The Global Innovation Index (GII), an annual innovation report published by the World Intellectual Property Organization (WIPO), reveals that all five top science and technology clusters are in Asia with three in China.  When the rankings extend to the top 100, China has the most clusters.  Assistant Director General of WIPO Marco Aleman said that creating world-class clusters were amongst the most daunting aspect of building emerging innovation ecosystems and related innovation policies.  In addition, he praised China for its strong innovation ecosystem.  WIPO bases its ranking system on its analysis of patent-filing activity and scientific article publication amongst other factors.  The science and technology clusters are one element in the larger GII, which exhibits innovation performance of economies and takes the pulse of the most recent trends in global innovation.  Tokyo-Yokohama leads as the largest global S & T cluster, followed by Shenzhen-Hong Kong-Guangzhou. Seoul is in third place, Beijing in fourth and Shanghai-Suzhou in fifth.  The rise in rankings has been due to a combination of sources such as government departments, enterprises, universities and research facilities working together to create a well-oiled system aimed at producing an efficient innovation eco-system.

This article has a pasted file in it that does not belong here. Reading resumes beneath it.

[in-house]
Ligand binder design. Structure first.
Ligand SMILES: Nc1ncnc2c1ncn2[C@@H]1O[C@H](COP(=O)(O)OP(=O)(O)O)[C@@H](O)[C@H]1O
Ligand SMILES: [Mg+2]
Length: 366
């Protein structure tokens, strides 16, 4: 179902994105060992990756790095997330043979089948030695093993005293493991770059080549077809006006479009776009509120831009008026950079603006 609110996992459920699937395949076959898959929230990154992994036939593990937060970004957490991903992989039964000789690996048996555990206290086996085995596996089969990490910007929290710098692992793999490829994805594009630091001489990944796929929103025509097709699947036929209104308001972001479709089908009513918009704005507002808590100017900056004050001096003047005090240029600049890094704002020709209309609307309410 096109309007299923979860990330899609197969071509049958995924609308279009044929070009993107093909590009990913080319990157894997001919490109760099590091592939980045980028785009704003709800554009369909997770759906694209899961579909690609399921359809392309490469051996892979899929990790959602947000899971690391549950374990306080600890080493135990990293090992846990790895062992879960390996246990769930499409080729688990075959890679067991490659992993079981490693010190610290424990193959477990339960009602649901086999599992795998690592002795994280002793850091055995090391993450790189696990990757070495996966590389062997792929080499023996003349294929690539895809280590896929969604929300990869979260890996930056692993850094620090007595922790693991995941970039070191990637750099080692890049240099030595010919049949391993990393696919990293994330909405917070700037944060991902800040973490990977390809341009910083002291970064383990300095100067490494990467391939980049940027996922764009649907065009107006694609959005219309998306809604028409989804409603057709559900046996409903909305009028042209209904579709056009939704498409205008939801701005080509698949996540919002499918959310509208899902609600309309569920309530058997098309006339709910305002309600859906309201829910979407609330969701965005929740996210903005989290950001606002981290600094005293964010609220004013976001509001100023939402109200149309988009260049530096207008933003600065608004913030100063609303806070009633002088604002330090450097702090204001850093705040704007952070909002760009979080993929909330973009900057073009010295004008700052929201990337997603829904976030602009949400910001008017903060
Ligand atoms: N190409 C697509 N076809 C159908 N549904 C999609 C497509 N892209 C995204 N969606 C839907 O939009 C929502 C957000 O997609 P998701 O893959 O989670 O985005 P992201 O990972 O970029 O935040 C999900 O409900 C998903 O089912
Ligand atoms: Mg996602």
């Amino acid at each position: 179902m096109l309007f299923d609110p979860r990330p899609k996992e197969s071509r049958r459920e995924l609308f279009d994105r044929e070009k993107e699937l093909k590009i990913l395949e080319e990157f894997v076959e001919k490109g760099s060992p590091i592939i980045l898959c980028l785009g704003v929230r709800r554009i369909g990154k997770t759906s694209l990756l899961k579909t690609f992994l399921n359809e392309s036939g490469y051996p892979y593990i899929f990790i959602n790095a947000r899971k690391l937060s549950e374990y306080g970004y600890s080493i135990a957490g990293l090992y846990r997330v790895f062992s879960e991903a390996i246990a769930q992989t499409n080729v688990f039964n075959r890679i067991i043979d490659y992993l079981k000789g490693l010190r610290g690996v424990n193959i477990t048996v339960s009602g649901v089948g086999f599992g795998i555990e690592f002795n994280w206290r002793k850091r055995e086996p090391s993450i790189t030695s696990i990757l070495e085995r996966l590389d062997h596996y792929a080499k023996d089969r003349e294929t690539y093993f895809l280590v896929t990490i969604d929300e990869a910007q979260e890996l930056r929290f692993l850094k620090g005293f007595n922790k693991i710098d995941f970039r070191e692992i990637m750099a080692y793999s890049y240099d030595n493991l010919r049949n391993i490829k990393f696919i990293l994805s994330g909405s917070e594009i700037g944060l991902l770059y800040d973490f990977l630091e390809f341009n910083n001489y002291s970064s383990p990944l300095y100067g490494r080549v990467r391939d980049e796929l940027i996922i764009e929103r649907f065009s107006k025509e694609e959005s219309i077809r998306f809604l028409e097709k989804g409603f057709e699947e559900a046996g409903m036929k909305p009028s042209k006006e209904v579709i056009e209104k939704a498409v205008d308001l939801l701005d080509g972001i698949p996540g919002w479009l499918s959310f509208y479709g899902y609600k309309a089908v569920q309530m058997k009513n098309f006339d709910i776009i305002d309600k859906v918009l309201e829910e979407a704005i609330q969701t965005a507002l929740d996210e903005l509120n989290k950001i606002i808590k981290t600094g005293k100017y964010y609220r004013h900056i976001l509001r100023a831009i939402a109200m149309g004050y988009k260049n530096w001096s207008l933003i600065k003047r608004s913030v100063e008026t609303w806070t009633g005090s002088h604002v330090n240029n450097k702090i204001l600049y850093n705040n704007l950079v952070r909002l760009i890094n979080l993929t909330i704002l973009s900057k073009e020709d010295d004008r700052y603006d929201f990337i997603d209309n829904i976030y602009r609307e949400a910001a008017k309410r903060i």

China Partners with Belt and Road Countries to Increase Patents

In 2021, a total of 3,982 innovation entities from Belt and Road Initiative (BRI) countries applied for patents in China, 654 more than in 2013, when the initiative was launched by the government, according to a report issued by the China National Intellectual Property (CNIPA) in October.  The report drew the conclusion that due to the deepening and expansion of the initiative, BRI countries have become more positive about China’s IP protection environment.  It was stated that patent applications were submitted in China from 115 BRI countries in the past 10 years.  Most came from South Korea, followed by Italy, Singapore, Austria and Luxembourg.  To date, the accumulative amount of applications from BRI countries in China reached 253,000 and the majority were invention and design patents, covering technologies such as semiconductors, computer technology and digital communications.  As China saw more patent applications originating from BRI countries, its market entities have also gone global to expand their businesses amid strengthened IP cooperation.  The report also showed that the number of patents applied for and published by Chinese enterprises in other BRI nations increased to 15,000 in 2022 from 2,000 in 2013, representing an annual growth rate of 25.8%.  Of the Chinese applicants, most were from Guangdong province, followed by the Yangtze River Delta region and the Beijing-Tianjin-Hebei region.  As China has become an important contributor to global innovation in green and low-carbon technologies in recent years, its patent applications in this regard in BRI countries have also seen a rise according to the report.  From 2013 to 2022, more than 3,500 invention patent applications related to low-carbon technologies were made by Chinese entities in BRI countries, an annual increase of 16.7%.

Tags: China, China IP Updates, IP Updates